IMAGE Ok Go and Pilobolus have a message for you... IMAGEThey’ve teamed up most recently with professional dance troupe, Pilobolus and Google, debuting an experiment last month that mixes old-school camera trickery with newfangled technology.

“Different shots are rendered in different browser windows that move, re-size and re-align throughout the piece. With HTML5’s canvas technology, these videos are drawn in perfect timing with the music.” It also allows you to embed a message of your choosing (like mine, captured in the image at right) into the music video – that is, if you’re using Google Chrome as your browser. [Read more about the collaboration at The Official Google Blog]

Try it out yourself by visiting www.allisnotlo.st. It’s definitely worth the free Google Chrome download, especially if you’re one of the many still browsing with Internet Explorer… you know who you are.

The video turns the work of Busby Berkeley on its head as the dancers and band members, shot from below, move in and out of kaleidoscopic shapes over a transparent floor. You can see it without the Chrome enhancements via YouTube:

OK Go + Pilobolus – All Is Not Lost – Official Video

Watch this video on YouTube.

In fact, you may have seen the collaboration performed live on the August 10th episode of America’s Got Talent. It’s not the first time the groups have recreated the visual magic for a live audience. OK Go and Pilobolus performed it during Pilobolus’ latest stint at New York’s Joyce Theater.

Itamar Kubovy, the executive director of Pilobolus, told the NY Times, “The band has an almost childlike wonder, and I think that’s a value of ours, as well.”

A great quality to have!

How can you inject a little childlike wonder into your next choreography, routine, or production?

In Sleep a King — Farewell to Michael Jackson

For those who are too young to remember him at the very height of his career, I’m sorry. There’s no questioning Michael Jackson’s influence on our current pop music and dance culture. His life was somewhat of a tragedy but his talent was a gift. So, in honor of this icon, I’m taking a moment to celebrate that gift.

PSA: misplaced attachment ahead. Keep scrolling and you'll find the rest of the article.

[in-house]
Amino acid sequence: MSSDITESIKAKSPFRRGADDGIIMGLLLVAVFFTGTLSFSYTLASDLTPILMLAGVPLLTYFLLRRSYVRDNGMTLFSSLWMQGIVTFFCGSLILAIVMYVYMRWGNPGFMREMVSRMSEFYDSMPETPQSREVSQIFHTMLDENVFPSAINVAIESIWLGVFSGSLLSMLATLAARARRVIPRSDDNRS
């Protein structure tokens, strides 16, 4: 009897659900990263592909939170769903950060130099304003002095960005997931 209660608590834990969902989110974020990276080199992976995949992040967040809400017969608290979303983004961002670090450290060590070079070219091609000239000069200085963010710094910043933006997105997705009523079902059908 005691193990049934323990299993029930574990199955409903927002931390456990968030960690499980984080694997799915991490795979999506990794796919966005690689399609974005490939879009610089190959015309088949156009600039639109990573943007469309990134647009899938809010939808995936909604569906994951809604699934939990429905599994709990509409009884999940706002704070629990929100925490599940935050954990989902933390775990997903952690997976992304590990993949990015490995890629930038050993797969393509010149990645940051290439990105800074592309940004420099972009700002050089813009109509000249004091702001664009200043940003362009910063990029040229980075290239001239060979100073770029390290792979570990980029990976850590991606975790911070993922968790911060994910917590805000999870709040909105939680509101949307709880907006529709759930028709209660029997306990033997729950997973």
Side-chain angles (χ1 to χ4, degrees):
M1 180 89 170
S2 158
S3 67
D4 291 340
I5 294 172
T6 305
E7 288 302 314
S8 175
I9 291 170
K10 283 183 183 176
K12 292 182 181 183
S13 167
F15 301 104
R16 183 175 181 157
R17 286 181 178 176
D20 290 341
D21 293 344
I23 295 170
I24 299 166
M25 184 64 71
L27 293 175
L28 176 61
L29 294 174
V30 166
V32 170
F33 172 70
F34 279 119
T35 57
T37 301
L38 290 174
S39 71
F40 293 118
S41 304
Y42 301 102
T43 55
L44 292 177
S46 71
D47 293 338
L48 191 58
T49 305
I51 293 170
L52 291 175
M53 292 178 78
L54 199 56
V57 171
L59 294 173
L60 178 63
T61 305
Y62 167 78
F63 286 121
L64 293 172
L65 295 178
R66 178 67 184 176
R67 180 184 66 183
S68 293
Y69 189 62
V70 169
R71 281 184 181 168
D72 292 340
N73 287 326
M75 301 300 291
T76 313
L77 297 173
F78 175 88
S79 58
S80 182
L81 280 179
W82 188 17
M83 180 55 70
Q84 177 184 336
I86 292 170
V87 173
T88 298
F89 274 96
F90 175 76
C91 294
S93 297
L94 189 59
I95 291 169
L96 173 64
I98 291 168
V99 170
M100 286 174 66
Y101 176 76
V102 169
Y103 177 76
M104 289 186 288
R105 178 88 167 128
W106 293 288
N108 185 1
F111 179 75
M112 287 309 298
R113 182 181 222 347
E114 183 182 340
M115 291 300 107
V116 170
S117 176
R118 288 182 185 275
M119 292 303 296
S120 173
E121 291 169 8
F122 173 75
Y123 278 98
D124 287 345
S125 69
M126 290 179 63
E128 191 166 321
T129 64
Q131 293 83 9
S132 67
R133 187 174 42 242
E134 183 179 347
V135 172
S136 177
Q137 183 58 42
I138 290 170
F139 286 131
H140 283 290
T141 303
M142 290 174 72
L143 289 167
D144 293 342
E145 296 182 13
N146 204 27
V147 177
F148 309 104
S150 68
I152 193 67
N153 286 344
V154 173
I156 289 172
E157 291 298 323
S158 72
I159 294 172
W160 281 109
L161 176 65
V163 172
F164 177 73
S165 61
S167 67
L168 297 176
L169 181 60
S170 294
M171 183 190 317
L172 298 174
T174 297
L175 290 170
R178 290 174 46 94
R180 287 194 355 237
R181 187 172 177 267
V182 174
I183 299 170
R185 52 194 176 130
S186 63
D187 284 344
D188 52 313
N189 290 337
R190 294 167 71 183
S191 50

A few videos.

First a collection of footage that clearly demonstrates the icon’s signature movement style and its relationship to today’s popular dance.

Second, one of my favorite Jackson tunes. It is impossible not to move when you hear a Michael Jackson song. That is the legacy within his body of work and the part of his life and career that will outlive everything else.

This song’s original music video is on YouTube and worth a watch. It is not embeddable. However, you can find it here.


Jackson was constantly nodding to the people before him while breaking ground ahead of him. I think this is the reason why all dancers have a special love for him. He was a dancer to be loved and a lover of dance himself.”

DanceNOWChicago has compiled an excellent series of YouTube videos that illustrate Jackson’s ties to the past. Visit the article NOW! You won’t regret it.

“Thy self thou gavest, thy own worth then not knowing,

Or me, to whom thou gavest it, else mistaking;

So thy great gift, upon misprision growing,

Comes home again, on better judgment making.

Thus have I had thee, as a dream doth flatter,

In sleep a king, but waking no such matter.” – William Shakespeare; Sonnet 87

Farewell, Michael!